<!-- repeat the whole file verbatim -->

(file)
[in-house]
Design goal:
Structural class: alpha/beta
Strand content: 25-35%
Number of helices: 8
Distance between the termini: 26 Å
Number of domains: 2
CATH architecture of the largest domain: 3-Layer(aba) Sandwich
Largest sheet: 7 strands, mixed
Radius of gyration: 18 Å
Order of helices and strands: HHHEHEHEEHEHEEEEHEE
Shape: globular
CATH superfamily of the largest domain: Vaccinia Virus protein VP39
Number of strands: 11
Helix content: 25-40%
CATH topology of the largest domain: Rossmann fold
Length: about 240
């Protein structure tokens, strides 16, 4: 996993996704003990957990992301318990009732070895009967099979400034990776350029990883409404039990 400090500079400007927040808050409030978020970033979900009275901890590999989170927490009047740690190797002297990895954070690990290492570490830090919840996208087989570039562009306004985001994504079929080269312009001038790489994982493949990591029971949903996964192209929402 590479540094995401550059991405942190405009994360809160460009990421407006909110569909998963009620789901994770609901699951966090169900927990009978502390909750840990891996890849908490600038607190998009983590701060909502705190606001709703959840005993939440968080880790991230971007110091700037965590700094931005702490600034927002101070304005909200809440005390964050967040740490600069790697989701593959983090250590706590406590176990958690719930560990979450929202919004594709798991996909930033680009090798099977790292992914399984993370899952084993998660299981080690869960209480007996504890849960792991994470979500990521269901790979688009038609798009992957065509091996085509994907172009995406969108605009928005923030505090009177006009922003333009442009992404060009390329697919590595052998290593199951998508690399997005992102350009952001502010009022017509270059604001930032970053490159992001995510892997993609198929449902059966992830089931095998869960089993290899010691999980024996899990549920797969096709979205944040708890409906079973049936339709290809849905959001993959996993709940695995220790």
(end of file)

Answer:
[in-house]
Design goal:
Structural class: alpha/beta
Strand content: 25-35%
Number of helices: 8
Distance between the termini: 26 Å
Number of domains: 2
CATH architecture of the largest domain: 3-Layer(aba) Sandwich
Largest sheet: 7 strands, mixed
Radius of gyration: 18 Å
Order of helices and strands: HHHEHEHEEHEHEEEEHEE
Shape: globular
CATH superfamily of the largest domain: Vaccinia Virus protein VP39
Number of strands: 11
Helix content: 25-40%
CATH topology of the largest domain: Rossmann fold
Length: about 240
């Protein structure tokens, strides 16, 4: 996993996704003990957990992301318990009732070895009967099979400034990776350029990883409404039990 400090500079400007927040808050409030978020970033979900009275901890590999989170927490009047740690190797002297990895954070690990290492570490830090919840996208087989570039562009306004985001994504079929080269312009001038790489994982493949990591029971949903996964192209929402 590479540094995401550059991405942190405009994360809160460009990421407006909110569909998963009620789901994770609901699951966090169900927990009978502390909750840990891996890849908490600038607190998009983590701060909502705190606001709703959840005993939440968080880790991230971007110091700037965590700094931005702490600034927002101070304005909200809440005390964050967040740490600069790697989701593959983090250590706590406590176990958690719930560990979450929202919004594709798991996909930033680009090798099977790292992914399984993370899952084993998660299981080690869960209480007996504890849960792991994470979500990521269901790979688009038609798009992957065509091996085509994907172009995406969108605009928005923030505090009177006009922003333009442009992404060009390329697919590595052998290593199951998508690399997005992102350009952001502010009022017509270059604001930032970053490159992001995510892997993609198929449902059966992830089931095998869960089993290899010691999980024996899990549920797969096709979205944040708890409906079973049936339709290809849905959001993959996993709940695995220790």